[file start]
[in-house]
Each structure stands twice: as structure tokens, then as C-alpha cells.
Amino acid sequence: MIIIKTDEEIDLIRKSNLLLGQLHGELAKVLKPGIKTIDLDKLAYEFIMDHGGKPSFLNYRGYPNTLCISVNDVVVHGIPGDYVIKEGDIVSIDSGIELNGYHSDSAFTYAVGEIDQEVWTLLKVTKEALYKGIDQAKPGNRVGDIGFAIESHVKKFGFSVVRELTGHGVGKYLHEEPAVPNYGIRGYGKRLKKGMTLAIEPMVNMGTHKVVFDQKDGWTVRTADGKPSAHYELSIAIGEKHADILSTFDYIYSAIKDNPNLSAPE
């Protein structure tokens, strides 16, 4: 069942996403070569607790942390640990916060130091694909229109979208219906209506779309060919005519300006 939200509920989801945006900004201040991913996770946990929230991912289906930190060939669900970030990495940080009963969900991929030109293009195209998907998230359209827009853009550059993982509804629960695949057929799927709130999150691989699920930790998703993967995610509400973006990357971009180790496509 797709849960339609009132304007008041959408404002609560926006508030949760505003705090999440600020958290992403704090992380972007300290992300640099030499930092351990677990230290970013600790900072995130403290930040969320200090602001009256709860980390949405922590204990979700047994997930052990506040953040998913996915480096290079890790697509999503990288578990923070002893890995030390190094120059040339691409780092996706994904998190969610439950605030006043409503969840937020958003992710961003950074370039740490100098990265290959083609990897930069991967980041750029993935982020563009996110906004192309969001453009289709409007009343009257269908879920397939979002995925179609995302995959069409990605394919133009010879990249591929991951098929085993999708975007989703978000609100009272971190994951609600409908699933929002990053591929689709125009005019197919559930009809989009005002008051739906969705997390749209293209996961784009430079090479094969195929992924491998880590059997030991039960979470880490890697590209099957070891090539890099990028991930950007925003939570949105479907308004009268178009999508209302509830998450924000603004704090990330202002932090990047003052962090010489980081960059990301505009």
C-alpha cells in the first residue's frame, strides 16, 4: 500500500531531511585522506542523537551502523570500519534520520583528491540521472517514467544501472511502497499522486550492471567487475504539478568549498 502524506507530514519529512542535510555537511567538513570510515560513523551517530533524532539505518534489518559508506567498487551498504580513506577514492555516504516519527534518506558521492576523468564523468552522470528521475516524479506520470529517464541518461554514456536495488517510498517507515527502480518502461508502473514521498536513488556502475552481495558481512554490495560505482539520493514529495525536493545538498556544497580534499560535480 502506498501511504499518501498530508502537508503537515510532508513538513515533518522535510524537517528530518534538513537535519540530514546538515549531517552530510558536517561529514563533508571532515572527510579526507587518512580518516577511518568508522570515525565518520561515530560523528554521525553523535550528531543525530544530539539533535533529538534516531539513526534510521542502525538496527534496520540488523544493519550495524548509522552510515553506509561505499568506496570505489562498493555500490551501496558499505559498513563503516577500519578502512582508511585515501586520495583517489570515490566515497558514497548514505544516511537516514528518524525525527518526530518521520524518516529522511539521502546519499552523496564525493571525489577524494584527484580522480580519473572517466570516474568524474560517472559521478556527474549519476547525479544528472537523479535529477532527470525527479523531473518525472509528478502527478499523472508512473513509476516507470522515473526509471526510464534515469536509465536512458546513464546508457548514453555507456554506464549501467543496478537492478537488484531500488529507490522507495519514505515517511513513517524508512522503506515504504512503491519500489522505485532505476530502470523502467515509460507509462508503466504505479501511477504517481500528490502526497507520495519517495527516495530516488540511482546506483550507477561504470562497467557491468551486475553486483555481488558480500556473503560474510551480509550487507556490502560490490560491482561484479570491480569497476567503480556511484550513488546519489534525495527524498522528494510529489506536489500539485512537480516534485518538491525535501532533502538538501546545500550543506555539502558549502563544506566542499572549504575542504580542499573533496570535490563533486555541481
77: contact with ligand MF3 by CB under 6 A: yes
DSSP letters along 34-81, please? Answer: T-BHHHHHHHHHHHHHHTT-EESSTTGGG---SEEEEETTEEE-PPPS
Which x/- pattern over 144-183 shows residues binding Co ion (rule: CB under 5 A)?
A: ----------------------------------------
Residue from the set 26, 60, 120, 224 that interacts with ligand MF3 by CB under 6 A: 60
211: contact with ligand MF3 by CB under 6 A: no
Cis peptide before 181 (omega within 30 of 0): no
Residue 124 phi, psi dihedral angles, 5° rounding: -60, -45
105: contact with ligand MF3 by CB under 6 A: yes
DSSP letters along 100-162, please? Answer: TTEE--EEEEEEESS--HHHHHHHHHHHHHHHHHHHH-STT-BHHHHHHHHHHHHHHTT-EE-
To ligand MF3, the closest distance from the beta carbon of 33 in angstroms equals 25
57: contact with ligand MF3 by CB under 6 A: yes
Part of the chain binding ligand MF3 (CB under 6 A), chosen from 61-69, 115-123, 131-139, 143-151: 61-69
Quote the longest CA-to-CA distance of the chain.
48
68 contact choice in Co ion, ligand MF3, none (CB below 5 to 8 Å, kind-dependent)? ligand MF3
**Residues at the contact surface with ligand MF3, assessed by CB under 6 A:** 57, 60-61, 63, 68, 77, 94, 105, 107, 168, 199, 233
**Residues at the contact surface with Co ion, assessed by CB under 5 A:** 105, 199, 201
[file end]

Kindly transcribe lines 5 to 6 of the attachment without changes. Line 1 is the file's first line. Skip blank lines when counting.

C-alpha cells in the first residue's frame, strides 16, 4: 500500500531531511585522506542523537551502523570500519534520520583528491540521472517514467544501472511502497499522486550492471567487475504539478568549498 502524506507530514519529512542535510555537511567538513570510515560513523551517530533524532539505518534489518559508506567498487551498504580513506577514492555516504516519527534518506558521492576523468564523468552522470528521475516524479506520470529517464541518461554514456536495488517510498517507515527502480518502461508502473514521498536513488556502475552481495558481512554490495560505482539520493514529495525536493545538498556544497580534499560535480 502506498501511504499518501498530508502537508503537515510532508513538513515533518522535510524537517528530518534538513537535519540530514546538515549531517552530510558536517561529514563533508571532515572527510579526507587518512580518516577511518568508522570515525565518520561515530560523528554521525553523535550528531543525530544530539539533535533529538534516531539513526534510521542502525538496527534496520540488523544493519550495524548509522552510515553506509561505499568506496570505489562498493555500490551501496558499505559498513563503516577500519578502512582508511585515501586520495583517489570515490566515497558514497548514505544516511537516514528518524525525527518526530518521520524518516529522511539521502546519499552523496564525493571525489577524494584527484580522480580519473572517466570516474568524474560517472559521478556527474549519476547525479544528472537523479535529477532527470525527479523531473518525472509528478502527478499523472508512473513509476516507470522515473526509471526510464534515469536509465536512458546513464546508457548514453555507456554506464549501467543496478537492478537488484531500488529507490522507495519514505515517511513513517524508512522503506515504504512503491519500489522505485532505476530502470523502467515509460507509462508503466504505479501511477504517481500528490502526497507520495519517495527516495530516488540511482546506483550507477561504470562497467557491468551486475553486483555481488558480500556473503560474510551480509550487507556490502560490490560491482561484479570491480569497476567503480556511484550513488546519489534525495527524498522528494510529489506536489500539485512537480516534485518538491525535501532533502538538501546545500550543506555539502558549502563544506566542499572549504575542504580542499573533496570535490563533486555541481
77: contact with ligand MF3 by CB under 6 A: yes